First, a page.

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Sadia standing with Canada’s then-ambassador to Afghanistan David Metcalfe in 2020. Sadia said the Taliban have tortured and killed many of her colleagues since taking over Afghanistan last August.Handout

Two hundred Afghans, mostly women who worked on Canadian-funded aid projects in Afghanistan, are being tracked down by the Taliban and are in hiding after the militants obtained their names from a confiscated cellphone.

A pair of Afghan women, whose names were on the seized phone, say their lives are in imminent danger because the Taliban obtained their phone numbers, pictures of themselves and saw text messages where the women criticized the country’s hard-line Islamist rulers.

The women said the Taliban arrested a colleague, accusing him of being a Canadian spy, and took his phone. The militants found a WhatsApp group on the device consisting of 200 Afghans who were recounting incidents of Taliban torture and murder. They also spoke about the difficulty of getting Ottawa to grant them special visas. The Taliban consider all 200 Afghans to be Canadian spies.

Sadia, 33, who worked with a Canadian-funded aid program that aimed to empower women and girls, said that the Taliban issued a list of 15 people, including them, who talked the most in the WhatsApp group. “If they find the 15 and then the 200, they will kill them. I know that,” she said.

“We are at the top of the list of the Taliban because of [the] Canada affiliation. … Now they are trying to catch us. We are hiding. We are at risk.”

Salma, a colleague who worked on the same project, agreed that if they’re found, they will be killed. Salma said she checks her e-mail more than 100 times a day, waiting for news from the Canadian government.

The Globe and Mail is using pseudonyms instead of the women’s real names because they are fearful for their safety.

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Sadia said the colleague was arrested in Paktia province about two weeks ago. They had all previously worked for Canadian-funded humanitarian groups and had understood that they would be resettled to Canada as part of Ottawa’s special immigration program.

Last July, the government announced a special resettlement program for Afghans who had helped with Canada’s military and diplomatic missions in the country. Many now face reprisals from the Taliban for aiding a foreign government.

Sadia and Salma said they applied for resettlement last August and have heard nothing. The government has faced increasing criticism for leaving people behind and not responding to e-mails from Afghans who are desperate and believe they qualify for the program.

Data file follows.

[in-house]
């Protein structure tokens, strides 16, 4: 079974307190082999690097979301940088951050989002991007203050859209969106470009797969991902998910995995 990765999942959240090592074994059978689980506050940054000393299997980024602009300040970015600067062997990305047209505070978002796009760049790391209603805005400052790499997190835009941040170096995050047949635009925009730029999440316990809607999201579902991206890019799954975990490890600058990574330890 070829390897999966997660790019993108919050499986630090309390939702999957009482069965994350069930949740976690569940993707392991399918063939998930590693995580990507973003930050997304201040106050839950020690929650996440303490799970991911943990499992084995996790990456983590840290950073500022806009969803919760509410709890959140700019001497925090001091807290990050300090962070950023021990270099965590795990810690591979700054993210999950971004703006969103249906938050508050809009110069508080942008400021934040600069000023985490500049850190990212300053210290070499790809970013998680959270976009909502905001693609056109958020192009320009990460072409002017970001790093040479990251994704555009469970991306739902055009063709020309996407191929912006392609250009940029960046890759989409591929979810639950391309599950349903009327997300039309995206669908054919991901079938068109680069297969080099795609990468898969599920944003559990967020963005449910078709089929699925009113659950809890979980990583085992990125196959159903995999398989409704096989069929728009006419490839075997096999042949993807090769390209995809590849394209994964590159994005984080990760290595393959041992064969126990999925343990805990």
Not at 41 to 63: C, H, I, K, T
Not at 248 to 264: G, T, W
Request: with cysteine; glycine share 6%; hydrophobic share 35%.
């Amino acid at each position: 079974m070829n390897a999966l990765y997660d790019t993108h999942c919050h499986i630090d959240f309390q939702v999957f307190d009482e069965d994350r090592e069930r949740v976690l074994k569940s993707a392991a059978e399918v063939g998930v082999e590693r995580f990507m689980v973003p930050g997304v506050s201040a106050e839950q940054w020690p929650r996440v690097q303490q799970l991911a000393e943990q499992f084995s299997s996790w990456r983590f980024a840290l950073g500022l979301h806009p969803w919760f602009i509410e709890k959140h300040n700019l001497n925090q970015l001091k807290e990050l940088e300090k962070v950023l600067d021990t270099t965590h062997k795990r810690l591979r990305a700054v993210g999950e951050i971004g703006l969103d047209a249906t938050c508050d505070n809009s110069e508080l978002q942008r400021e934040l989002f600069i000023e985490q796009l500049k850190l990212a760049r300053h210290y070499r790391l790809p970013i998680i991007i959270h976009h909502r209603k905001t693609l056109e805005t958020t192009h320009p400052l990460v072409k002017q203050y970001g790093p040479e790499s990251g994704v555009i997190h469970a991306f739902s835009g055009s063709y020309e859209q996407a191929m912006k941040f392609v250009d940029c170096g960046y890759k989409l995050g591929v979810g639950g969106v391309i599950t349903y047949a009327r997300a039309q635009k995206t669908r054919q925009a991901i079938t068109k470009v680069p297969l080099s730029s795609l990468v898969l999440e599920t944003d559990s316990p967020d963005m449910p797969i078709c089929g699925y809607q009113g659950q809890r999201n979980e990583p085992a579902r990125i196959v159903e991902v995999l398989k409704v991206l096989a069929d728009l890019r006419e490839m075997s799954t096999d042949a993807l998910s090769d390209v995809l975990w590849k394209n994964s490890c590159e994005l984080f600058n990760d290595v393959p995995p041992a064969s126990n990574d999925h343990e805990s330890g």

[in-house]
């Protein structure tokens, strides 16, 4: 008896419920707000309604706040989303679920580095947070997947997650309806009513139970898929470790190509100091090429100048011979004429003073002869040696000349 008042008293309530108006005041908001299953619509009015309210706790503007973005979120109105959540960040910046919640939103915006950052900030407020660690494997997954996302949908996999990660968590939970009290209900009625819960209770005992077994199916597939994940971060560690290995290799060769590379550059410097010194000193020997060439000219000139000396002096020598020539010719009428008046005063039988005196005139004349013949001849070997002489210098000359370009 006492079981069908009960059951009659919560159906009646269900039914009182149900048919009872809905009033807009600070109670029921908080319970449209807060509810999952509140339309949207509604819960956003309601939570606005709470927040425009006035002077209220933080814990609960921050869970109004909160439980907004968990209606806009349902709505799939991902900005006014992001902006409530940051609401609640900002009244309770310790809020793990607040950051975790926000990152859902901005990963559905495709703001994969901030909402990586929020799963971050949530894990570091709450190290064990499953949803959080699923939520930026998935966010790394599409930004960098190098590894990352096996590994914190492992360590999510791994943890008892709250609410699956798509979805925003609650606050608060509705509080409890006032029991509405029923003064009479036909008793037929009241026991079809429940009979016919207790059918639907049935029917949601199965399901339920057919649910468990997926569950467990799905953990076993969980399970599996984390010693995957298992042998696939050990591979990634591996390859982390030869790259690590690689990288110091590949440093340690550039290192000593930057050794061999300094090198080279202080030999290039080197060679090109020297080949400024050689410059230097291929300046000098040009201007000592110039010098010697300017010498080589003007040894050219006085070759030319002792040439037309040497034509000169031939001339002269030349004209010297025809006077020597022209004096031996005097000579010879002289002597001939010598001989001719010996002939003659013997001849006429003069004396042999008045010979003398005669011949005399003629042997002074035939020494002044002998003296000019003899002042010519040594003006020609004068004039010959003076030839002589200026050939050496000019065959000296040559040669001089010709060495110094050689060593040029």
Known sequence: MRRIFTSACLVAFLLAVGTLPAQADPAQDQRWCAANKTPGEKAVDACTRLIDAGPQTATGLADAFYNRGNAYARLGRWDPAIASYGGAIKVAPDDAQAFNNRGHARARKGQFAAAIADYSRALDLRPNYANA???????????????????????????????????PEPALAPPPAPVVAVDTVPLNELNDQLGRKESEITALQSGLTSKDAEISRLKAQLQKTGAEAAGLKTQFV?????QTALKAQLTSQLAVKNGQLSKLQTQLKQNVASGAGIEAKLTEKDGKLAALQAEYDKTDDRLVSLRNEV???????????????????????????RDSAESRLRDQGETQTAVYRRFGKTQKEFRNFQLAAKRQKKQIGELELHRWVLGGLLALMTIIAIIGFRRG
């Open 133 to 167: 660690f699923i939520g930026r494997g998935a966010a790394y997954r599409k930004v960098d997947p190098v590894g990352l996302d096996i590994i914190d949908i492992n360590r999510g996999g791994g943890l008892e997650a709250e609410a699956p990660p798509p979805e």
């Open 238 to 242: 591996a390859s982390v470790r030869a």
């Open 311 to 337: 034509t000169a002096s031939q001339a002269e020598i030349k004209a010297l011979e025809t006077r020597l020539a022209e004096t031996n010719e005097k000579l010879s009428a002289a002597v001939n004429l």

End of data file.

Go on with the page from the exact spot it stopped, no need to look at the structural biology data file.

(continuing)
A spokesperson for Immigration Minister Sean Fraser said that of the roughly 18,000 spaces under the special program, the department has applications in various stages of processing for more than 15,000 Afghans and their family members. That includes those who have been processed but remain in the country.

“We have received referrals from the Department of National Defence and Global Affairs Canada for the remaining spaces in the Special Immigration Program. However, we have not yet issued all of the invitations to apply, so there are Afghans who will still be invited to submit an application in the coming weeks,” Aidan Strickland said.

Meanwhile, the women are facing imminent danger. Sadia said the Taliban tortured her captured colleague. He remains in prison.

“These people are very brutal and I want to know why Canada doesn’t want to work on our application?” she said.

“Even yesterday, I decided to kill myself and after that, I think a lot about my children. If I kill myself, then what will my children do?”

Sadia said the Taliban have tortured and killed many of their colleagues since taking over Afghanistan last August.

And she tried to leave. She fled with her four children to Pakistan last September, but was forced back to Afghanistan after a few months when she was unable to obtain Canadian documents to fly to Canada. “We are waiting, waiting, waiting and in very bad condition,” she said.

After the Taliban confiscated her colleague’s phone, Salma was so terrified that she deleted her WhatsApp account and spoke to The Globe one afternoon when Sadia went to her house so she could use her phone.

“I am very scared and not just for my own self. I’m very worried and concerned about my babies. I have just three baby girls,” said Salma, 29. Her daughters are 5 and 3 and she has a six-month old baby.

“We are just crying, nothing else,” she said.

Lauryn Oates, executive director of Canadian Women for Women in Afghanistan, has been trying to get her staff who worked on Global Affairs Canada-funded projects to this country since last August.

Four staff and their families have made it to Canada, while 12 employees and their families are in Afghanistan and other staff members have made it to Pakistan. So far, 17 former employees, both in Afghanistan and in Pakistan, have heard nothing from the Canadian government.

She said that while it is positive that four staff members have made it safely to Canada, it is not clear why these individuals have been accepted while the others haven’t. Meanwhile, those in Afghanistan are really anxious, she said, with one family going out just once a week to obtain basics.

Ms. Oates’s organization, along with a number of other civil-society groups, are urging the government to extend its special immigration program and allow more eligible Afghans to come to Canada.

“I think the great fear is that when this door closes, nobody knows what to do.”


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